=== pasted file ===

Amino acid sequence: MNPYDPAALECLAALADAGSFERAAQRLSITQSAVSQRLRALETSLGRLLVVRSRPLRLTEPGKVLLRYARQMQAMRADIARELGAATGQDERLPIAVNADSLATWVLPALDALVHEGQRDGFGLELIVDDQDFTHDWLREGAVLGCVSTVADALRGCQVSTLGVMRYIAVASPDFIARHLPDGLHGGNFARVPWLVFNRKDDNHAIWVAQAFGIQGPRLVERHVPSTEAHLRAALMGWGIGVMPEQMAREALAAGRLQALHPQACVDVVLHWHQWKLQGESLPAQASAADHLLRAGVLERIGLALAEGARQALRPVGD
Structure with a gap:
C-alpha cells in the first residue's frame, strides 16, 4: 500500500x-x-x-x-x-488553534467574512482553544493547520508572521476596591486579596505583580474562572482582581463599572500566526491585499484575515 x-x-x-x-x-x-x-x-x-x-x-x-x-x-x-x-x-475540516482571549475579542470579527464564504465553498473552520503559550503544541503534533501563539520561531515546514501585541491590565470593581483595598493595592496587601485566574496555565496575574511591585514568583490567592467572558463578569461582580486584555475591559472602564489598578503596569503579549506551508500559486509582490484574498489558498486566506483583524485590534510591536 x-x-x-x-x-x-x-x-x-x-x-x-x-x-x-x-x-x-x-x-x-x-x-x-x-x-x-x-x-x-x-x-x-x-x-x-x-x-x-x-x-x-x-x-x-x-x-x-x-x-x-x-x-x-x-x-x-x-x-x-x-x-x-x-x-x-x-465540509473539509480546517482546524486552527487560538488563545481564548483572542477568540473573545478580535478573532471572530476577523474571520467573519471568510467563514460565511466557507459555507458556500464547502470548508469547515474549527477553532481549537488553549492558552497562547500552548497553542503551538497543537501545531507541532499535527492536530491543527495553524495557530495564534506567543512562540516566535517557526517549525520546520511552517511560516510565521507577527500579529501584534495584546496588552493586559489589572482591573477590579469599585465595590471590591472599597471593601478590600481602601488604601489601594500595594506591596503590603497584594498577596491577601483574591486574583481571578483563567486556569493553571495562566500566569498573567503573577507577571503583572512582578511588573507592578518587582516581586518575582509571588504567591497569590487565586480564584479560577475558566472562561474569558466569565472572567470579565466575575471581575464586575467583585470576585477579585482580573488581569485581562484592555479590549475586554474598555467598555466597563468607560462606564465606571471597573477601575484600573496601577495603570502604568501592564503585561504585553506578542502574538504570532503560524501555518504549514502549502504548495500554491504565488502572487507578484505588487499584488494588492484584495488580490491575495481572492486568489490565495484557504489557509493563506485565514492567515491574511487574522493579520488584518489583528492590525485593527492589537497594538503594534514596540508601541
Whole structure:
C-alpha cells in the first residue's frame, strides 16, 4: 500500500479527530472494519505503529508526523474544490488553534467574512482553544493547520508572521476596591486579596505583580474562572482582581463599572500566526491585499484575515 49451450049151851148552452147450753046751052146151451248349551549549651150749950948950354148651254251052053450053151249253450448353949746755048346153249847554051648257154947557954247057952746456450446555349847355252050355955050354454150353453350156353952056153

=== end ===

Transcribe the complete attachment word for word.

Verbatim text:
Amino acid sequence: MNPYDPAALECLAALADAGSFERAAQRLSITQSAVSQRLRALETSLGRLLVVRSRPLRLTEPGKVLLRYARQMQAMRADIARELGAATGQDERLPIAVNADSLATWVLPALDALVHEGQRDGFGLELIVDDQDFTHDWLREGAVLGCVSTVADALRGCQVSTLGVMRYIAVASPDFIARHLPDGLHGGNFARVPWLVFNRKDDNHAIWVAQAFGIQGPRLVERHVPSTEAHLRAALMGWGIGVMPEQMAREALAAGRLQALHPQACVDVVLHWHQWKLQGESLPAQASAADHLLRAGVLERIGLALAEGARQALRPVGD
Structure with a gap:
C-alpha cells in the first residue's frame, strides 16, 4: 500500500x-x-x-x-x-488553534467574512482553544493547520508572521476596591486579596505583580474562572482582581463599572500566526491585499484575515 x-x-x-x-x-x-x-x-x-x-x-x-x-x-x-x-x-475540516482571549475579542470579527464564504465553498473552520503559550503544541503534533501563539520561531515546514501585541491590565470593581483595598493595592496587601485566574496555565496575574511591585514568583490567592467572558463578569461582580486584555475591559472602564489598578503596569503579549506551508500559486509582490484574498489558498486566506483583524485590534510591536 x-x-x-x-x-x-x-x-x-x-x-x-x-x-x-x-x-x-x-x-x-x-x-x-x-x-x-x-x-x-x-x-x-x-x-x-x-x-x-x-x-x-x-x-x-x-x-x-x-x-x-x-x-x-x-x-x-x-x-x-x-x-x-x-x-x-x-465540509473539509480546517482546524486552527487560538488563545481564548483572542477568540473573545478580535478573532471572530476577523474571520467573519471568510467563514460565511466557507459555507458556500464547502470548508469547515474549527477553532481549537488553549492558552497562547500552548497553542503551538497543537501545531507541532499535527492536530491543527495553524495557530495564534506567543512562540516566535517557526517549525520546520511552517511560516510565521507577527500579529501584534495584546496588552493586559489589572482591573477590579469599585465595590471590591472599597471593601478590600481602601488604601489601594500595594506591596503590603497584594498577596491577601483574591486574583481571578483563567486556569493553571495562566500566569498573567503573577507577571503583572512582578511588573507592578518587582516581586518575582509571588504567591497569590487565586480564584479560577475558566472562561474569558466569565472572567470579565466575575471581575464586575467583585470576585477579585482580573488581569485581562484592555479590549475586554474598555467598555466597563468607560462606564465606571471597573477601575484600573496601577495603570502604568501592564503585561504585553506578542502574538504570532503560524501555518504549514502549502504548495500554491504565488502572487507578484505588487499584488494588492484584495488580490491575495481572492486568489490565495484557504489557509493563506485565514492567515491574511487574522493579520488584518489583528492590525485593527492589537497594538503594534514596540508601541
Whole structure:
C-alpha cells in the first residue's frame, strides 16, 4: 500500500479527530472494519505503529508526523474544490488553534467574512482553544493547520508572521476596591486579596505583580474562572482582581463599572500566526491585499484575515 49451450049151851148552452147450753046751052146151451248349551549549651150749950948950354148651254251052053450053151249253450448353949746755048346153249847554051648257154947557954247057952746456450446555349847355252050355955050354454150353453350156353952056153